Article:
Look at the error messages. They are telling you that certain external functions that you reference cannot be found within the project. Find out where these are supposed to be defined and ensure that they are externalised.
I was a graduate student in Tsinghua University in China. I'm programming about NC Code Simulation System. In this program, I used OpenCSG Library to perform a Solid Modeling. By the way, the sample program supported by library which is programmed in Win32 App, is well operate, but the program that I produced in MFC doesn't well operate. The error is that OpenCSG doesn't draw solid. How to use OpenCSG Library in MFC?
I have created a console application (.exe), and we have used SetConsoleCtrlHandler for signal handling i.e. "CTRL + C" and Log Off and Shutdown Events. We are properly able to handle the "CTRL+C" event but Logoff and Shut down events cannot be handled properly.
Following content is mentioned at MSDN: ======================================================== The system generates CTRL_CLOSE_EVENT, CTRL_LOGOFF_EVENT, and CTRL_SHUTDOWN_EVENT signals when the user closes the console, logs off, or shuts down the system so that the process has an opportunity to clean up before termination. Console functions, or any C run-time functions that call console functions, may not work reliably during processing of any of the three signals mentioned previously. The reason is that some or all of the internal console cleanup routines may have been called before executing the process signal handler. ======================================================== Please suggest how we can properly handle Logoff and shutdown event by our console application. Or please suggest any other technique (if available) for handling the logoff and shutdown event by the console based application.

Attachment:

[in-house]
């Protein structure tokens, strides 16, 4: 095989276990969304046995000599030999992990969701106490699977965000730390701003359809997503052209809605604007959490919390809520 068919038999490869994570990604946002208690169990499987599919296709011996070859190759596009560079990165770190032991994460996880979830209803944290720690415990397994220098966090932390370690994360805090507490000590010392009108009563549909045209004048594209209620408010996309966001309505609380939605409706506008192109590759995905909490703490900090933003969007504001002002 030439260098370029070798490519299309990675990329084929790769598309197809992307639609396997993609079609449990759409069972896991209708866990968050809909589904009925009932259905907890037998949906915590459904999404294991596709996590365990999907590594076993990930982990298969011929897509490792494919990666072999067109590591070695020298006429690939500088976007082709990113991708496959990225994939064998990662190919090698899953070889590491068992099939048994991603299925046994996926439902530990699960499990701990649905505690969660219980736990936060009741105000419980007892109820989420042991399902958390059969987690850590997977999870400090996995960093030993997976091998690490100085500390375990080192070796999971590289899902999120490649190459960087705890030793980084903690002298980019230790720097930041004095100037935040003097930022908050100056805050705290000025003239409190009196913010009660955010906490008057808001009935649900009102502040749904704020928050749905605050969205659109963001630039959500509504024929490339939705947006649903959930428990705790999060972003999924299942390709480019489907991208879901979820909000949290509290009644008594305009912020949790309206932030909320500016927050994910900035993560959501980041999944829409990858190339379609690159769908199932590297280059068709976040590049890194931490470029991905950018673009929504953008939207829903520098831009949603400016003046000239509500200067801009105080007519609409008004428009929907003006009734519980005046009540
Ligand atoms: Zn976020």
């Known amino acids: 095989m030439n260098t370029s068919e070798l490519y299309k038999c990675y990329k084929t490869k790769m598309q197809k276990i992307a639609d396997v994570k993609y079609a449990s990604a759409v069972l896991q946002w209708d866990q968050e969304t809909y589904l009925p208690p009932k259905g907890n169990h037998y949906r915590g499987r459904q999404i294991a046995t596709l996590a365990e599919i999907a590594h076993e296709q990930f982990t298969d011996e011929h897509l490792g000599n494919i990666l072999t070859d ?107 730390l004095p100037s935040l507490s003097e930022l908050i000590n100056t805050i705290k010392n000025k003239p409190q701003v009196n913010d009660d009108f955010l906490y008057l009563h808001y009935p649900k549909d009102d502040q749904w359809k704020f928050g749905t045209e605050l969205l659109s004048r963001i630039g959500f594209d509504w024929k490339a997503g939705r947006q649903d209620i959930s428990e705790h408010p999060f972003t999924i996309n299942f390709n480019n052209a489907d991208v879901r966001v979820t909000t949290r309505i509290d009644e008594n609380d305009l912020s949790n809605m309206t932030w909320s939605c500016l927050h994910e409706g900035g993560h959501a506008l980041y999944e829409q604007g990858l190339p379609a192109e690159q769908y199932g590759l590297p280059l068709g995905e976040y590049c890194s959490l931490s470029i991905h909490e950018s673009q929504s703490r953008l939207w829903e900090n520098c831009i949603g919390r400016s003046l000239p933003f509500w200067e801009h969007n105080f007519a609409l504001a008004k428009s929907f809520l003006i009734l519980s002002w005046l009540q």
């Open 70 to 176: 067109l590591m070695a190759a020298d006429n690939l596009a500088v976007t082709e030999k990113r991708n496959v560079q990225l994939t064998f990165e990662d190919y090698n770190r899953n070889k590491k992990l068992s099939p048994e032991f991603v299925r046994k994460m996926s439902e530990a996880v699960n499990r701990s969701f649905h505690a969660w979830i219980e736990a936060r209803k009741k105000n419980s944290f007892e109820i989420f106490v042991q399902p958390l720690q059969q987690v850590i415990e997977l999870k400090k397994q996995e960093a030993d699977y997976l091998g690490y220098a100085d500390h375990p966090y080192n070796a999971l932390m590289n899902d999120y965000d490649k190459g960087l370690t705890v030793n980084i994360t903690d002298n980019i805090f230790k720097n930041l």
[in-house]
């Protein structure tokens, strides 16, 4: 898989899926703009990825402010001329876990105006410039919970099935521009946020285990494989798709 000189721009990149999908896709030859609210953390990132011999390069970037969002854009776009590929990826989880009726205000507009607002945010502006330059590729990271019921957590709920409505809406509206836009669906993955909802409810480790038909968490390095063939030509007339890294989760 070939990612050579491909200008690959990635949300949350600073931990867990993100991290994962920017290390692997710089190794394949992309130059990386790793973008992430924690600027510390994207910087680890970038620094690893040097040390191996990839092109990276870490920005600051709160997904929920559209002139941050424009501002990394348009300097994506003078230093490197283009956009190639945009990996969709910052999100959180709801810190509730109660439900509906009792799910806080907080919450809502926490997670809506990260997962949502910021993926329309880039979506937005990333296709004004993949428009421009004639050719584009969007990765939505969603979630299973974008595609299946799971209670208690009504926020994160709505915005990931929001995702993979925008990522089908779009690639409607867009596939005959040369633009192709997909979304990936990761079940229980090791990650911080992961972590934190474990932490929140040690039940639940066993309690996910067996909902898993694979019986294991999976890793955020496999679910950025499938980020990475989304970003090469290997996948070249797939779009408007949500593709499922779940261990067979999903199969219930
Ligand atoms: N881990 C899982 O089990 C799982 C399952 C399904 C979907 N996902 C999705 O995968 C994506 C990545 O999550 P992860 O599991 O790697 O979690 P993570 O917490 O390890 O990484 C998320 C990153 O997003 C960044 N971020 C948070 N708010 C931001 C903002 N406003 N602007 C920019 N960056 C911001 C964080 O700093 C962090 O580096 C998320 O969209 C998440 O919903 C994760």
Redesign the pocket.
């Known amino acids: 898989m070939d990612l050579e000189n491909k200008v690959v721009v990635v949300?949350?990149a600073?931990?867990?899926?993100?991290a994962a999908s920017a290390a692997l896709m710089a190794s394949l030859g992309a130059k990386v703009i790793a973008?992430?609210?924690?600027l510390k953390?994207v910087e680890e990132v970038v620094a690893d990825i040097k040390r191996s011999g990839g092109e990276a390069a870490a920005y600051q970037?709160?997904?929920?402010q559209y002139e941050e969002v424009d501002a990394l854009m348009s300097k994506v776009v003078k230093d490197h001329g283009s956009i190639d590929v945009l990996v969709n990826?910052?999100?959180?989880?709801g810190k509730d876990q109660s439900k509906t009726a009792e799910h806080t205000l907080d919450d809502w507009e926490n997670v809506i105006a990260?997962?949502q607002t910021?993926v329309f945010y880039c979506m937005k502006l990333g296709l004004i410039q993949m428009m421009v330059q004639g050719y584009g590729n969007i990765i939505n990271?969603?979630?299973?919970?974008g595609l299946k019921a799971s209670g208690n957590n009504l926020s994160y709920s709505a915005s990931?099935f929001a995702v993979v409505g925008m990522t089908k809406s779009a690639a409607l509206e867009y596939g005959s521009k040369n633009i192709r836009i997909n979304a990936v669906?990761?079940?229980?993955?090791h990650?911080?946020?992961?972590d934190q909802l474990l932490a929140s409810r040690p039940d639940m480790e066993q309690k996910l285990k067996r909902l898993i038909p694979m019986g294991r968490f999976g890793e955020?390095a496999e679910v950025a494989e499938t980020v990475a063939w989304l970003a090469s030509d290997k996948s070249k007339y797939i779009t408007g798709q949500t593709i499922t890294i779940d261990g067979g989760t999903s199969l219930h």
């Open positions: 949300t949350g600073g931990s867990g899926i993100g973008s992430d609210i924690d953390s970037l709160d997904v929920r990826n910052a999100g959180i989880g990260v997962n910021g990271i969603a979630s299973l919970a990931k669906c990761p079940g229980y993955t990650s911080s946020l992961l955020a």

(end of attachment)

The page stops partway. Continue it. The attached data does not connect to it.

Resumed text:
In .NET we have the System.IO namespace providing convenient classes for Sockects and Pipes which ay be used for interprocess communication. How can one implement this in oldskool VC6?
My requirements are as follows.
I am writing a plugin for some legacy software for which there is a SDK which I can only get to compile with VC++6.0 compiler. I want to interface this code with both .NET and JAVA. I was thinking of implementing either a Socket server or Namedpipe in C# to act a a bridge between the VC6 code and .NET/JAVA. Requests from VC6 would be in the form of byte arrays and the C# bridge would interpret these requests, route them and eventually reply to the VC6 code which is awaiting a response.
In summary I would like examples of the following in VC++6: - Use of threads - Socket/Pipes (or any other interproc comms method) - Invoking a process (other than a shell call to an executable)
Exactly what I wanted. Whenever I search msdn I seem to find it have to get relevant results. my only realy experience it with .NET/JAVA and therefore when looking I'm a little non-plussed when it comes to C++/MFC and what is possible.